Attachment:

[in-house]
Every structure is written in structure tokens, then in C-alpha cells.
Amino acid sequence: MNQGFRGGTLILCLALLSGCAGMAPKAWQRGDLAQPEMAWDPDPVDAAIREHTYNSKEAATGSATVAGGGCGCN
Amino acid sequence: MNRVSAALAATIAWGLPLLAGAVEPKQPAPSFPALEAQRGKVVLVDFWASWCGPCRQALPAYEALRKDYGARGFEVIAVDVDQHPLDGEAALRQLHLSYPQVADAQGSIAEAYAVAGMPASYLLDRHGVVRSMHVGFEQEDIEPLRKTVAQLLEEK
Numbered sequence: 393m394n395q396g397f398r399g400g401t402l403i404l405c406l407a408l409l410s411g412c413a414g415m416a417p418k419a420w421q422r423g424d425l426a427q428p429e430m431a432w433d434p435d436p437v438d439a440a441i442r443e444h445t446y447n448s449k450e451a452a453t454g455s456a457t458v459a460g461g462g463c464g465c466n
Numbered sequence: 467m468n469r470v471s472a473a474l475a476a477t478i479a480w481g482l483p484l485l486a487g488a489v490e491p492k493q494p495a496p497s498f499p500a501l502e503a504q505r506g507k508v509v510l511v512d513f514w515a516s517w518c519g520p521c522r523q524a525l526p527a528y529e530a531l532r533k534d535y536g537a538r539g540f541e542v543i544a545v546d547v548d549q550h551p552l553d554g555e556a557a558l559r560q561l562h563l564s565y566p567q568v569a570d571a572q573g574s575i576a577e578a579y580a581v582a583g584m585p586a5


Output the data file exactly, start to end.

[in-house]
Every structure is written in structure tokens, then in C-alpha cells.
Amino acid sequence: MNQGFRGGTLILCLALLSGCAGMAPKAWQRGDLAQPEMAWDPDPVDAAIREHTYNSKEAATGSATVAGGGCGCN
Amino acid sequence: MNRVSAALAATIAWGLPLLAGAVEPKQPAPSFPALEAQRGKVVLVDFWASWCGPCRQALPAYEALRKDYGARGFEVIAVDVDQHPLDGEAALRQLHLSYPQVADAQGSIAEAYAVAGMPASYLLDRHGVVRSMHVGFEQEDIEPLRKTVAQLLEEK
Numbered sequence: 393m394n395q396g397f398r399g400g401t402l403i404l405c406l407a408l409l410s411g412c413a414g415m416a417p418k419a420w421q422r423g424d425l426a427q428p429e430m431a432w433d434p435d436p437v438d439a440a441i442r443e444h445t446y447n448s449k450e451a452a453t454g455s456a457t458v459a460g461g462g463c464g465c466n
Numbered sequence: 467m468n469r470v471s472a473a474l475a476a477t478i479a480w481g482l483p484l485l486a487g488a489v490e491p492k493q494p495a496p497s498f499p500a501l502e503a504q505r506g507k508v509v510l511v512d513f514w515a516s517w518c519g520p521c522r523q524a525l526p527a528y529e530a531l532r533k534d535y536g537a538r539g540f541e542v543i544a545v546d547v548d549q550h551p552l553d554g555e556a557a558l559r560q561l562h563l564s565y566p567q568v569a570d571a572q573g574s575i576a577e578a579y580a581v582a583g584m585p586a5